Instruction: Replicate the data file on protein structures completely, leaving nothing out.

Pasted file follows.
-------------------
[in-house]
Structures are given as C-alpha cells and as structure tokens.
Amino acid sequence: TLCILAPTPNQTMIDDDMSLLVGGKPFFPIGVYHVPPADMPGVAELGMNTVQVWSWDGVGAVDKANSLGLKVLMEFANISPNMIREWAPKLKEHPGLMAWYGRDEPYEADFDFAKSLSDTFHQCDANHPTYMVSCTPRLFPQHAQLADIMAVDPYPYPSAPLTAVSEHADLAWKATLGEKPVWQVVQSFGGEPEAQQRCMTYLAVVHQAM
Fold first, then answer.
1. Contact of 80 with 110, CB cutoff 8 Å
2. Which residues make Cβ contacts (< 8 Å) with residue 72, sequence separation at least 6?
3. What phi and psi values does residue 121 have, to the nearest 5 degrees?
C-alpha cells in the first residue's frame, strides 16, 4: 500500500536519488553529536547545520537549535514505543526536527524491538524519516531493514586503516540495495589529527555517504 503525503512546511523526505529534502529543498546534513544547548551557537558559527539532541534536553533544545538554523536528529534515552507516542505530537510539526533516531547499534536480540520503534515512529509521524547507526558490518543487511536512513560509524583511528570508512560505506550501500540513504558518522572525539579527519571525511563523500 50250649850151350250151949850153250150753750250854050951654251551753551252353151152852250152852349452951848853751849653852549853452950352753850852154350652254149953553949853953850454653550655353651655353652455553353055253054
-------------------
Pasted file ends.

[in-house]
Structures are given as C-alpha cells and as structure tokens.
Amino acid sequence: TLCILAPTPNQTMIDDDMSLLVGGKPFFPIGVYHVPPADMPGVAELGMNTVQVWSWDGVGAVDKANSLGLKVLMEFANISPNMIREWAPKLKEHPGLMAWYGRDEPYEADFDFAKSLSDTFHQCDANHPTYMVSCTPRLFPQHAQLADIMAVDPYPYPSAPLTAVSEHADLAWKATLGEKPVWQVVQSFGGEPEAQQRCMTYLAVVHQAM
Fold first, then answer.
1. Contact of 80 with 110, CB cutoff 8 Å
2. Which residues make Cβ contacts (< 8 Å) with residue 72, sequence separation at least 6?
3. What phi and psi values does residue 121 have, to the nearest 5 degrees?
C-alpha cells in the first residue's frame, strides 16, 4: 500500500536519488553529536547545520537549535514505543526536527524491538524519516531493514586503516540495495589529527555517504 503525503512546511523526505529534502529543498546534513544547548551557537558559527539532541534536553533544545538554523536528529534515552507516542505530537510539526533516531547499534536480540520503534515512529509521524547507526558490518543487511536512513560509524583511528570508512560505506550501500540513504558518522572525539579527519571525511563523500 50250649850151350250151949850153250150753750250854050951654251551753551252353151152852250152852349452951848853751849653852549853452950352753850852154350652254149953553949853953850454653550655353651655353652455553353055253054